FIANNA FÁIL has sought to temper expectations after revelations surrounding the party’s fundraising efforts, which saw the party register as a charity, thus allowing it to run a €600k lotto.
“To be clear, at no time was it our intention to mislead the public into thinking we were planning on bettering the lives of homeless people or anything like that. We’re simply gaming the system to stage a lottery that would otherwise be illegal to do as a political party,” confirmed a party official while shaking a bucket filled with loose change.
While keeping Stephen Donnelly and Norma Foley in gainful employment almost counts as doing charitable work, Taoiseach Micheál Martin insisted no efforts would be made to actually utilise their newfound status as a charity.
“For the avoidance of doubt there won’t be a bed purchased, a soup run done. And this is all legal, it’s about as moral as drowning kittens in front of children, but again we’re just exploiting the law and loopholes within which is what you want from a government party at the end of the day, right?” the Taoiseach outlined.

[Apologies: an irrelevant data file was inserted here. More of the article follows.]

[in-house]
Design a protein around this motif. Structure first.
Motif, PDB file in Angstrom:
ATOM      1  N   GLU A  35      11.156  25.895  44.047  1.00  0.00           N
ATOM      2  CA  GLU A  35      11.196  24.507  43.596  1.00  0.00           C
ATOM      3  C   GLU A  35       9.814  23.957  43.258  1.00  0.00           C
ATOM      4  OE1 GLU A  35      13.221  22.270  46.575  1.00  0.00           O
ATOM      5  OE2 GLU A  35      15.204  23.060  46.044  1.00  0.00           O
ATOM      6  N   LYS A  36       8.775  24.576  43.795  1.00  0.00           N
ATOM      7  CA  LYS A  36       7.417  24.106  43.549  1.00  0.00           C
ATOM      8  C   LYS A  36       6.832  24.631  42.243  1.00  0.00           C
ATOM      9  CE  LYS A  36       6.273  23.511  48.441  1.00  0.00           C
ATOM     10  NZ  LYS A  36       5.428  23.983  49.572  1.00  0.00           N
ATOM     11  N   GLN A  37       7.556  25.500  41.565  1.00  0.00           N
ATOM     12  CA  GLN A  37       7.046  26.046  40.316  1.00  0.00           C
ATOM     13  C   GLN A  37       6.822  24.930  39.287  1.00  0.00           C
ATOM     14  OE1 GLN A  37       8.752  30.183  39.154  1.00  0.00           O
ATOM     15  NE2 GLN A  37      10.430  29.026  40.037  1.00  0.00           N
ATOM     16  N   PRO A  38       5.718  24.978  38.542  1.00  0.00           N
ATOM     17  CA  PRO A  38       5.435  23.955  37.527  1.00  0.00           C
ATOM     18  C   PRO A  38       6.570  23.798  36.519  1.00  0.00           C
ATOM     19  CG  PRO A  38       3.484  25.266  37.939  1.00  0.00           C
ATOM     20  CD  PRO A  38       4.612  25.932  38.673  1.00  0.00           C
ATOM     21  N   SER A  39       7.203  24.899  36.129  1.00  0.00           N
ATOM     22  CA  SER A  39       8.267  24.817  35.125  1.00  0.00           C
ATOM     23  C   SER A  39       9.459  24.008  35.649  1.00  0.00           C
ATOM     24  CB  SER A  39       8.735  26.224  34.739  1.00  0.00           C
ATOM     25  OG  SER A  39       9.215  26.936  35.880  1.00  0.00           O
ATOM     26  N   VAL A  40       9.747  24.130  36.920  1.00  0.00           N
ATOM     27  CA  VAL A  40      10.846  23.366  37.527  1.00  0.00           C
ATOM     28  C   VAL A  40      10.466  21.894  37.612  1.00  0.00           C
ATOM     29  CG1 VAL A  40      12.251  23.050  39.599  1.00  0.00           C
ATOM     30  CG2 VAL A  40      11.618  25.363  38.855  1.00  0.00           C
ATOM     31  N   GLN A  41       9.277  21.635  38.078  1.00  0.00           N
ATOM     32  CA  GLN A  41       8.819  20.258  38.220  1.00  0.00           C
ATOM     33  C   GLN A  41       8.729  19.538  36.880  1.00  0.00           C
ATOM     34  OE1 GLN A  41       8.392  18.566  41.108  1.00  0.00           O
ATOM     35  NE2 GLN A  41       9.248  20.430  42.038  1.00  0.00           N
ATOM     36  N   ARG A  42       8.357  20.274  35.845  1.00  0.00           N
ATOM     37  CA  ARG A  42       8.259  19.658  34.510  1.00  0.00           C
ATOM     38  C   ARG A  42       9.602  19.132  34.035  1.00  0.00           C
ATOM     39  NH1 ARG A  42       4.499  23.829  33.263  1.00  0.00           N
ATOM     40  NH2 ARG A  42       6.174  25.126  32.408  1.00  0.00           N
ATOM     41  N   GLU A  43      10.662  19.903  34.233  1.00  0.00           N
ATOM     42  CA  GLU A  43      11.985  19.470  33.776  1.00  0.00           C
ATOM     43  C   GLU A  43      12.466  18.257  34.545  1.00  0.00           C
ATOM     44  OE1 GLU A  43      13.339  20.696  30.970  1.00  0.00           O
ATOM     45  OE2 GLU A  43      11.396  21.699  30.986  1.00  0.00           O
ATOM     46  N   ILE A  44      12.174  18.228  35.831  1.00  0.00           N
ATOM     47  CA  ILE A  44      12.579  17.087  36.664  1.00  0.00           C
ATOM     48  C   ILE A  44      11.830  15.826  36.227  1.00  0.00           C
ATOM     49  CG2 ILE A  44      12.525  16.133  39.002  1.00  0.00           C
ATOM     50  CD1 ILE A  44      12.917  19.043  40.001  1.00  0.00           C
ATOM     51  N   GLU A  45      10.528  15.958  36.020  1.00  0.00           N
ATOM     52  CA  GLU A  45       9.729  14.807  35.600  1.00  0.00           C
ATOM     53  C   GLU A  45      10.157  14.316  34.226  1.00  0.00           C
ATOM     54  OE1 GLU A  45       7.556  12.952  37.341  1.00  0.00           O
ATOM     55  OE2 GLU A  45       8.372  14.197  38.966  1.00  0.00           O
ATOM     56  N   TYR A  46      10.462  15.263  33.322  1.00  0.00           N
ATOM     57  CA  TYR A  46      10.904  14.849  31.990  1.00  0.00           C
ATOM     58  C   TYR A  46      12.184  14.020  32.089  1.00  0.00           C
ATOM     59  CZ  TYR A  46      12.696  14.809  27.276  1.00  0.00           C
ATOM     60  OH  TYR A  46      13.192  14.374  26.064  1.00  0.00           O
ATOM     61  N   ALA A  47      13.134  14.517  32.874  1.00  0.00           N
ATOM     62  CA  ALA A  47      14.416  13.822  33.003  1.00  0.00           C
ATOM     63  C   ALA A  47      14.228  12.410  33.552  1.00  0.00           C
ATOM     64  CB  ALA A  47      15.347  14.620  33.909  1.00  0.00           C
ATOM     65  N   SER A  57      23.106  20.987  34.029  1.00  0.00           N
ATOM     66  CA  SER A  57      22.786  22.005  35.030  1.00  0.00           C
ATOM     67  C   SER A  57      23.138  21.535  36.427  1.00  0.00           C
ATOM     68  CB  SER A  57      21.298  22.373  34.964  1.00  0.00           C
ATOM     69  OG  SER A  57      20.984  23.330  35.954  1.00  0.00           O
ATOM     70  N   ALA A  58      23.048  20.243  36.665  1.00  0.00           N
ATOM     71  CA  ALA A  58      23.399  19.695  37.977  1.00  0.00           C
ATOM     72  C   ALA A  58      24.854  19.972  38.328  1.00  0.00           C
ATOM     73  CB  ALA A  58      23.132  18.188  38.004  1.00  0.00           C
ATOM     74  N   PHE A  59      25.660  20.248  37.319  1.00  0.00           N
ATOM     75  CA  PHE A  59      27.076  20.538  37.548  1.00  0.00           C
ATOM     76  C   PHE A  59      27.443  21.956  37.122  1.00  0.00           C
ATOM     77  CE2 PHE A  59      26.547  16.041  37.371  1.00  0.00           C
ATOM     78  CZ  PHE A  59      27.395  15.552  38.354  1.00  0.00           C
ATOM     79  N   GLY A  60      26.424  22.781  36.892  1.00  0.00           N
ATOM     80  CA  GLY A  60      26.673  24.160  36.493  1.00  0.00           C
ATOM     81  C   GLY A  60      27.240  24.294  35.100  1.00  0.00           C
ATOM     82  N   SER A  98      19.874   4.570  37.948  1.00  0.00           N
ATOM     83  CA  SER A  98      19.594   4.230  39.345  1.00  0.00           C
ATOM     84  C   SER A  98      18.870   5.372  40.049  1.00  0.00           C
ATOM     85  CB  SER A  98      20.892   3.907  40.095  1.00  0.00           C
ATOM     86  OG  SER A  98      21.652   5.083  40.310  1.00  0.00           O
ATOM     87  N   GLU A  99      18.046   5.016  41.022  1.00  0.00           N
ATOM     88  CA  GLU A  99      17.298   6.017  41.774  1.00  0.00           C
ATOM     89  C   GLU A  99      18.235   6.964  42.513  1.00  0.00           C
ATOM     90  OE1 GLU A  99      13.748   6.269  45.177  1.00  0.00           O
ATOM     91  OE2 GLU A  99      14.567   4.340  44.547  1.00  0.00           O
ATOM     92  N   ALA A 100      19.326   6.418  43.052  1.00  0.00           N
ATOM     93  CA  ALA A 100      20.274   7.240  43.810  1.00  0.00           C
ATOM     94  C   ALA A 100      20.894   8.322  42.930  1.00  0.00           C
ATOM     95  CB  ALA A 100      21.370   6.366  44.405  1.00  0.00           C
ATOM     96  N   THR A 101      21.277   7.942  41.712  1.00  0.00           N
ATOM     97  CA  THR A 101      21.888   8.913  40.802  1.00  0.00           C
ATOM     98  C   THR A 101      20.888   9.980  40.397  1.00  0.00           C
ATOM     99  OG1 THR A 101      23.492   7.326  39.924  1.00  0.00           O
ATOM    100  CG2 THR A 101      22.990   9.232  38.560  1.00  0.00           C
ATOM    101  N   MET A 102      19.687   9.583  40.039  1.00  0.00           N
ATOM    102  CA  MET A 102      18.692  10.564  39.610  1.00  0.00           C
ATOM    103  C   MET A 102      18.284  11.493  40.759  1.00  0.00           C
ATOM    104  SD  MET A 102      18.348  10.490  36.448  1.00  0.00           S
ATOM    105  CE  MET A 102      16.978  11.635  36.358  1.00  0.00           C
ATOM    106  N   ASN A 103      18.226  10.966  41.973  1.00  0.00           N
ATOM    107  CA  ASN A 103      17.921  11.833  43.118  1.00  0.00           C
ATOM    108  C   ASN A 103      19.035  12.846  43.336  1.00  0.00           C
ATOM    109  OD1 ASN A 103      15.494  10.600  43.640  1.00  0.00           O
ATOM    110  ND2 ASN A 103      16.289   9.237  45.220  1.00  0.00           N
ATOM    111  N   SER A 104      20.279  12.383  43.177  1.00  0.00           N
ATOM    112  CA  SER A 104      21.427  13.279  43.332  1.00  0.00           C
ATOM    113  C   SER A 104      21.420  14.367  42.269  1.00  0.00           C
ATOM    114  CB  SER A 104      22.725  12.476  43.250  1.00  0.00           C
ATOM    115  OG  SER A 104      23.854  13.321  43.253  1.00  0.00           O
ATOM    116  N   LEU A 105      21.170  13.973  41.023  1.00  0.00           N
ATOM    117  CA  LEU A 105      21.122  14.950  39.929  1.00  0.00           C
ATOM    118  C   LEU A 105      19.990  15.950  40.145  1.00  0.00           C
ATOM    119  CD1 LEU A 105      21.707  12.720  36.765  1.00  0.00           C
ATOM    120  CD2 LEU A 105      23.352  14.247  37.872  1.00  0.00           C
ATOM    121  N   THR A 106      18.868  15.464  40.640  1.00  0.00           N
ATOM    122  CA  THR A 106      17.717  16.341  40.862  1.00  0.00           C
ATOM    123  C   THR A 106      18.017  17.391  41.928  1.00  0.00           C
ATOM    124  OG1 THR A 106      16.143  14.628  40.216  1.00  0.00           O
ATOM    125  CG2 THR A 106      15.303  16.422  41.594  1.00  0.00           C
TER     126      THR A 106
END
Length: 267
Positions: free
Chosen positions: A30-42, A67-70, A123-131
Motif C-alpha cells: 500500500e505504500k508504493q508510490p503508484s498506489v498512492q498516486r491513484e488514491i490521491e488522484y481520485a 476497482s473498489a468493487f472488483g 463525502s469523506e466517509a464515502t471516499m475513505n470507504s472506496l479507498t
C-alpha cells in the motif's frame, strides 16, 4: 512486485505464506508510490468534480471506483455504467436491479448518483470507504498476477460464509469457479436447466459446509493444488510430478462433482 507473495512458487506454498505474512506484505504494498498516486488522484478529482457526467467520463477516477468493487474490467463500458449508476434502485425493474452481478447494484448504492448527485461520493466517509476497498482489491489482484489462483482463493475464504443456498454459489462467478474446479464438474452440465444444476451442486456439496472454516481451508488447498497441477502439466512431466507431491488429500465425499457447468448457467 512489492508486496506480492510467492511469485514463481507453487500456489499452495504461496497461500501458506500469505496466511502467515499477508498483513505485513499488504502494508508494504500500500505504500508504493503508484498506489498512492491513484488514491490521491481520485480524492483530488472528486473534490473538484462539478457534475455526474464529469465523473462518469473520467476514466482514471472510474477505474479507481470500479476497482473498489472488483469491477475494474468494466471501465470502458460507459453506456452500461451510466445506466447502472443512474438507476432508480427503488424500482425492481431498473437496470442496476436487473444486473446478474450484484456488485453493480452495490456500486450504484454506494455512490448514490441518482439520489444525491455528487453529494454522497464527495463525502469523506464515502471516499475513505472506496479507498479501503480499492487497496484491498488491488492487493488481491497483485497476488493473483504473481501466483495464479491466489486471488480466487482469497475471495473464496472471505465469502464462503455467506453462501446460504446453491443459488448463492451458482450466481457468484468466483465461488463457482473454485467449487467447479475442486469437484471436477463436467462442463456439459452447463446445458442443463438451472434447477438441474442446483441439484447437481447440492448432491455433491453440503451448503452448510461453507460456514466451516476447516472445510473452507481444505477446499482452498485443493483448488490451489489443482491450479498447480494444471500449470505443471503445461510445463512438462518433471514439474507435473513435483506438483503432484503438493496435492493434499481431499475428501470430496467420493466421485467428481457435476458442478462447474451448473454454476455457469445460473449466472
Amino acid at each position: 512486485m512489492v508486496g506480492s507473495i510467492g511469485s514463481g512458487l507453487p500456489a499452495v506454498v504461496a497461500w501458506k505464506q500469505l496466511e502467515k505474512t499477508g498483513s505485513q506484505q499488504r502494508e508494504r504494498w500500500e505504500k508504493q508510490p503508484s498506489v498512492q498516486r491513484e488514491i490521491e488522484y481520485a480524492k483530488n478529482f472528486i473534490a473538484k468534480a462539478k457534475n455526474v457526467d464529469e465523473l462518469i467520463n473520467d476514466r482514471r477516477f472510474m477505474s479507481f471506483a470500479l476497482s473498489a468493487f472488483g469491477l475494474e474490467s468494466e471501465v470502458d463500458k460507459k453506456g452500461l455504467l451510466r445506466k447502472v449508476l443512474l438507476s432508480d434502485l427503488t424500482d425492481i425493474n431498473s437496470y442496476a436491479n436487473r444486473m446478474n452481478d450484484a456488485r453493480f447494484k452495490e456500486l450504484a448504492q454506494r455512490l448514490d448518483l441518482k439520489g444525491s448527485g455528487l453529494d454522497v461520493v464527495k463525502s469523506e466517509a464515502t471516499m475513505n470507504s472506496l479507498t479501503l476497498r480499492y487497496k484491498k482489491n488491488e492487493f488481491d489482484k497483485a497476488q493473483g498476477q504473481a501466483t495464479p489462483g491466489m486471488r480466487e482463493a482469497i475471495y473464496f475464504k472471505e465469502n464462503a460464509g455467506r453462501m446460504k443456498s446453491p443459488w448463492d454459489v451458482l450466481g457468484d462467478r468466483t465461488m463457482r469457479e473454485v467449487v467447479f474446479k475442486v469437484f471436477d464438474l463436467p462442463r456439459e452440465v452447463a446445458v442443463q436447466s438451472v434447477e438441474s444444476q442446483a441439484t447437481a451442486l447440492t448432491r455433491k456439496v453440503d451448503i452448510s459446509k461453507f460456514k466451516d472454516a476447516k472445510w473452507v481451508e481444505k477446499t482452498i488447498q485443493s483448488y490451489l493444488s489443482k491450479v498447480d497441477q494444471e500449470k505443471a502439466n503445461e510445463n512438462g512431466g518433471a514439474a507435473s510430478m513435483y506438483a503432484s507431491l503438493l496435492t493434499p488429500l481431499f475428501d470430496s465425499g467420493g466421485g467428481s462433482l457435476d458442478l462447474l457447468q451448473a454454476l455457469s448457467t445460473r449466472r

“We don’t want anyone getting wrong end of the stick here, unless it’s a homeless lad being moved on by the guards,” added an official, shaking a Trocaire box with Jack Chambers on the side of it at us.
Elsewhere, Fine Gael were boasting about the fact they didn’t even have to register as a charity to find a loophole which allowed them to raise in the region €1mn from a lotto.